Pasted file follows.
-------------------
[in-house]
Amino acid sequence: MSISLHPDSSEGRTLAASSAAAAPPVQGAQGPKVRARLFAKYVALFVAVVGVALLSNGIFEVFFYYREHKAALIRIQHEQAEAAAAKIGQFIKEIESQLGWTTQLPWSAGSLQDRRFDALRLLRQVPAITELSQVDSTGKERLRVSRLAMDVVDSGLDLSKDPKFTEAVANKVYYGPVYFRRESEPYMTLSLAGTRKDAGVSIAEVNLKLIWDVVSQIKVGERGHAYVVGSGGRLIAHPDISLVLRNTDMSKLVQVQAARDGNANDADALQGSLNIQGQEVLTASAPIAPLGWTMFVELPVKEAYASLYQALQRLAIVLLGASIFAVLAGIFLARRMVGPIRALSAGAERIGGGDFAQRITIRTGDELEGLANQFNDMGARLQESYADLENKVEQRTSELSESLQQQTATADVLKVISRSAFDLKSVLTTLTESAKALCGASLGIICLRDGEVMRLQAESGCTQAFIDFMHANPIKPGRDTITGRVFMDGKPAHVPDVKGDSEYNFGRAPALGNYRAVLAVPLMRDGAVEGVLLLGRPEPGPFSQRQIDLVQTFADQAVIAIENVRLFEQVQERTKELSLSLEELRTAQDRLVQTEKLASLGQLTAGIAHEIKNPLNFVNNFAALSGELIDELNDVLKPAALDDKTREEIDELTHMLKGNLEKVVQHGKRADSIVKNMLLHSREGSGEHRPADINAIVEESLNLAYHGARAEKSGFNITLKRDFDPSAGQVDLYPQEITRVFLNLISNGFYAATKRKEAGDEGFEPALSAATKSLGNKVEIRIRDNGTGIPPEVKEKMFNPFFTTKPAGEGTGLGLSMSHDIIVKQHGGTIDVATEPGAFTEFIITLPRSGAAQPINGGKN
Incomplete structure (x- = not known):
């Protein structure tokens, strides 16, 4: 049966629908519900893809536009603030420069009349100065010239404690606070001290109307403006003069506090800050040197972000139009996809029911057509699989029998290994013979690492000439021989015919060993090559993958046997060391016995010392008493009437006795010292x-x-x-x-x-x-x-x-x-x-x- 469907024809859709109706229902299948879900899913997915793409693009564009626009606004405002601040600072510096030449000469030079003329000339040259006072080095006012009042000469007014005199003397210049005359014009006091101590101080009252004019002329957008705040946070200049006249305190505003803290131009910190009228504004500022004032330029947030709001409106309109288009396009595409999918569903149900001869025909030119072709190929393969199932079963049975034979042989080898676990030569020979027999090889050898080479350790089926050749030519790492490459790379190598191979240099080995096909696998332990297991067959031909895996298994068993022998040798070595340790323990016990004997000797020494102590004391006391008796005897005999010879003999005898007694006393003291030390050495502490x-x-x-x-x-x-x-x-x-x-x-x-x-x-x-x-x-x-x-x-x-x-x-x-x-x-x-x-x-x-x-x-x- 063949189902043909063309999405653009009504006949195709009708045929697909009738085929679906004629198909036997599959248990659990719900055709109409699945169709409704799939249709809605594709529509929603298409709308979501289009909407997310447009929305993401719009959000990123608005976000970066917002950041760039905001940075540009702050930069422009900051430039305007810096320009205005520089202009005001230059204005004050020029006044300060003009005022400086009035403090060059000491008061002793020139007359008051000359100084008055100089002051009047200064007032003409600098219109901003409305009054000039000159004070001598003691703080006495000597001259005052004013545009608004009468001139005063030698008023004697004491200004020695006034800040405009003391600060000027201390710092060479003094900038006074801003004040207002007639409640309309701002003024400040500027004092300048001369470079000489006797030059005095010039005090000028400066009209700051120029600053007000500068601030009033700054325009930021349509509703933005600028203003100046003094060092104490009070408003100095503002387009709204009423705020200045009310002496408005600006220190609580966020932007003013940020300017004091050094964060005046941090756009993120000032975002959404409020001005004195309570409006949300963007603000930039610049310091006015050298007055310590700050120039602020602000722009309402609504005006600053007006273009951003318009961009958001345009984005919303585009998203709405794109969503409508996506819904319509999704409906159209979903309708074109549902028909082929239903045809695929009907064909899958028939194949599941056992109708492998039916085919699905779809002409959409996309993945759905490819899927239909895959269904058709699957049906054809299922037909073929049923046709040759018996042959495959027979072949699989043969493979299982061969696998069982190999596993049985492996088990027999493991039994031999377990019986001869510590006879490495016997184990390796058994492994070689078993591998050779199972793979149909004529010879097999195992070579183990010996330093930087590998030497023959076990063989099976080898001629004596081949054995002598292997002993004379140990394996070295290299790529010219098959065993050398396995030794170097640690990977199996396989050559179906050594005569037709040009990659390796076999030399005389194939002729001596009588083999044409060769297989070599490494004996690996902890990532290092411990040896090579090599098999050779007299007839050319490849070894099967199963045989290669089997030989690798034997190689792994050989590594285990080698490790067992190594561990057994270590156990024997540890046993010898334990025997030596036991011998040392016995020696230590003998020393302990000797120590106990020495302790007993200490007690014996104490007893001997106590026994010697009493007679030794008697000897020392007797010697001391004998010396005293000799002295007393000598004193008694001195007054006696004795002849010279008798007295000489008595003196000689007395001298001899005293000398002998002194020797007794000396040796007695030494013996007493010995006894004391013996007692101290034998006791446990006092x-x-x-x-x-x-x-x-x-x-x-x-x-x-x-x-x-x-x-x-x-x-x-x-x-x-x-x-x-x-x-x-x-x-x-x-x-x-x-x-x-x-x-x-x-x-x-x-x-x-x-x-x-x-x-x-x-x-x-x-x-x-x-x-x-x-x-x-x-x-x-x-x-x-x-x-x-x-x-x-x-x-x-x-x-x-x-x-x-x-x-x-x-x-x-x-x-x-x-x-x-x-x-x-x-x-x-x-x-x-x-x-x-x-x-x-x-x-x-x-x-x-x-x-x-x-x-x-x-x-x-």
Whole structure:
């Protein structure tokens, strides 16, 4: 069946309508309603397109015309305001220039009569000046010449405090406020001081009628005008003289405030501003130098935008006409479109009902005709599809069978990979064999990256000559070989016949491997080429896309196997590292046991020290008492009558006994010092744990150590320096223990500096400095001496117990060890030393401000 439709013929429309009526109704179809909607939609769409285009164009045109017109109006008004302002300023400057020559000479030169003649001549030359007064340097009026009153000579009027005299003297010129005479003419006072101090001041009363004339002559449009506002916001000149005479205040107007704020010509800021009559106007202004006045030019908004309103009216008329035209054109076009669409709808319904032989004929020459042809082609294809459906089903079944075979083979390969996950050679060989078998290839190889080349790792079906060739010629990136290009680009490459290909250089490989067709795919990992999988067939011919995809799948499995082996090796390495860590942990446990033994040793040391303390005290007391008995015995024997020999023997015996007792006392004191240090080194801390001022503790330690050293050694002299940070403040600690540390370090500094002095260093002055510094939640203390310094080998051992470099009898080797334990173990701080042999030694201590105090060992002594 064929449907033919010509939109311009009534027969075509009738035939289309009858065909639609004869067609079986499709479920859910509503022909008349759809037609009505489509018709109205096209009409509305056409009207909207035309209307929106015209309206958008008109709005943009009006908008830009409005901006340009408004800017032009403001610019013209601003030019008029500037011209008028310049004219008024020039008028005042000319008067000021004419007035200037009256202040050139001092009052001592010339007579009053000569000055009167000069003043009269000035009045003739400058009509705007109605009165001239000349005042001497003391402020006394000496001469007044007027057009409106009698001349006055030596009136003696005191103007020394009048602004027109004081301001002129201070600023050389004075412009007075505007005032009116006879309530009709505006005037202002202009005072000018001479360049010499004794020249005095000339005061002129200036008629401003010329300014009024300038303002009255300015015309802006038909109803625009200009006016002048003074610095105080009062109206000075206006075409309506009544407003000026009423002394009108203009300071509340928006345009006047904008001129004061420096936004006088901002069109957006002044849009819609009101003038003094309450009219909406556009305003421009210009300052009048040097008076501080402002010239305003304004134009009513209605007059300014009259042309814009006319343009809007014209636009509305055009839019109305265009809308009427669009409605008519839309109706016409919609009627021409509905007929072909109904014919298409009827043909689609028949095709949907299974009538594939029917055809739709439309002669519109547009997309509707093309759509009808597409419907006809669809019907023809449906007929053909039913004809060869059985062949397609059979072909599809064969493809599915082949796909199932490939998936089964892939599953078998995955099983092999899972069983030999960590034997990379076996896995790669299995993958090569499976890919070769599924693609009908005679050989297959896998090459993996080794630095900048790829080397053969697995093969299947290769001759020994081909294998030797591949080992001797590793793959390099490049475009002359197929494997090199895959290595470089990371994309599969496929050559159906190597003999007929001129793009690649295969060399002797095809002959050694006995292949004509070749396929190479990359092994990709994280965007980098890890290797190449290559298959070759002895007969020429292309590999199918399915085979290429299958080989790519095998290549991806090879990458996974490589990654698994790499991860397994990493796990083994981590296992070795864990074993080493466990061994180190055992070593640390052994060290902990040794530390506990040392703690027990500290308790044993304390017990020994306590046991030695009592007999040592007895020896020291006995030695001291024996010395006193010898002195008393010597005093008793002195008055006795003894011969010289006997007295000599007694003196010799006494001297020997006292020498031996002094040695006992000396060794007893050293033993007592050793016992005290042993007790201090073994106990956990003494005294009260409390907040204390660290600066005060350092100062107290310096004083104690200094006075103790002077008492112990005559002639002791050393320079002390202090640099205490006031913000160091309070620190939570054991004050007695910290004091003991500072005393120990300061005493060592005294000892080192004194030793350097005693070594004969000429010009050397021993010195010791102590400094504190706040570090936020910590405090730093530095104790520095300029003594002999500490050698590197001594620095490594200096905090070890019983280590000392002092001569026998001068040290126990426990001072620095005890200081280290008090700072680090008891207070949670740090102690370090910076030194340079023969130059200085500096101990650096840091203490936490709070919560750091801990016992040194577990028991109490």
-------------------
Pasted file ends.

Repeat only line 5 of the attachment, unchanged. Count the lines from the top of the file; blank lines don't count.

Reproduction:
Whole structure: